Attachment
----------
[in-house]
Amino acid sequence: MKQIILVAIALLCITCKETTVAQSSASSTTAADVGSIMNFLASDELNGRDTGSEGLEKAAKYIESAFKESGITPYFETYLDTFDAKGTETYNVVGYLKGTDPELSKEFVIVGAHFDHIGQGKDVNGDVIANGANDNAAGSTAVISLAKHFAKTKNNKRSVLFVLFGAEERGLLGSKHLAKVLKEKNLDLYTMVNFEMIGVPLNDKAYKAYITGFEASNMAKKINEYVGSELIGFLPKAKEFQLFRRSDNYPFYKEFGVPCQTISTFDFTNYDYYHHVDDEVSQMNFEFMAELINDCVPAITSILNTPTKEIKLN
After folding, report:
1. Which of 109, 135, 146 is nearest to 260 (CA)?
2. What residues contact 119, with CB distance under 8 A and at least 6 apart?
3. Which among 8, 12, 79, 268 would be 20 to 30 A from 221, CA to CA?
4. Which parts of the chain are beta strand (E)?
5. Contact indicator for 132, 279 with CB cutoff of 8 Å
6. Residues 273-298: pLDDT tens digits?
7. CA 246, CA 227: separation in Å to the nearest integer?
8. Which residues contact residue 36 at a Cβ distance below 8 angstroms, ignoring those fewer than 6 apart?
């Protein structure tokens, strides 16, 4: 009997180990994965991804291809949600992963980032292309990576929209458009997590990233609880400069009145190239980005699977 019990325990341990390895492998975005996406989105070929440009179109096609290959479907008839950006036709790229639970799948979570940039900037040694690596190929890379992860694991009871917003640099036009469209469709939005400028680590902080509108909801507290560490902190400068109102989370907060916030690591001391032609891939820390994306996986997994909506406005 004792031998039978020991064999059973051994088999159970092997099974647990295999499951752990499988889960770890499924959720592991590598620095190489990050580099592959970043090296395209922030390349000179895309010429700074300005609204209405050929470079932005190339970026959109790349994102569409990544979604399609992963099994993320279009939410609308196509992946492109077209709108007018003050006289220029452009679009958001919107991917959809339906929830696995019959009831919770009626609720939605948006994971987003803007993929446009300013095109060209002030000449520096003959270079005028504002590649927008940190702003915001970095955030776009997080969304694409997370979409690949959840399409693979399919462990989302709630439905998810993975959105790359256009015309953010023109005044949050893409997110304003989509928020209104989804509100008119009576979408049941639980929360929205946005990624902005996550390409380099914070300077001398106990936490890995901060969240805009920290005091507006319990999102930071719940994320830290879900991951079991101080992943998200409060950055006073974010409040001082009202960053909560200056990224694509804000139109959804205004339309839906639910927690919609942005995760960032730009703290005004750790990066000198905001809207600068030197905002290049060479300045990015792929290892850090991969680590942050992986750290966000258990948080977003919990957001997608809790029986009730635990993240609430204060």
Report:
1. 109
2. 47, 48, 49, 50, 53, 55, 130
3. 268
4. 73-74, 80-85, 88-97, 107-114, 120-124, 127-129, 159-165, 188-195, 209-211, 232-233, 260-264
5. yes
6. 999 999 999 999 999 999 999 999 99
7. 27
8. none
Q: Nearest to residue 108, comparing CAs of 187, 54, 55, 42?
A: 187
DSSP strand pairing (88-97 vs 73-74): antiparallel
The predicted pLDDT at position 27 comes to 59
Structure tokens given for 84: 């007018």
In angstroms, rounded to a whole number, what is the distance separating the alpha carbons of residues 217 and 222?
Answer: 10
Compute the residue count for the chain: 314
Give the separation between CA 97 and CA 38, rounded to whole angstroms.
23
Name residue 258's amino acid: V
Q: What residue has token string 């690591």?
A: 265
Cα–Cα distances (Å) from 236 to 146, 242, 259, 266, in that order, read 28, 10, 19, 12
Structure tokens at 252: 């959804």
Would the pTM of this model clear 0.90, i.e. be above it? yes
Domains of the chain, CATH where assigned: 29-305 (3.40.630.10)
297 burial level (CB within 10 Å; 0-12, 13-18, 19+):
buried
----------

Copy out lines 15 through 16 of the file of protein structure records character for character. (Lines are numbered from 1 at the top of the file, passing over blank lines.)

2. 47, 48, 49, 50, 53, 55, 130
3. 268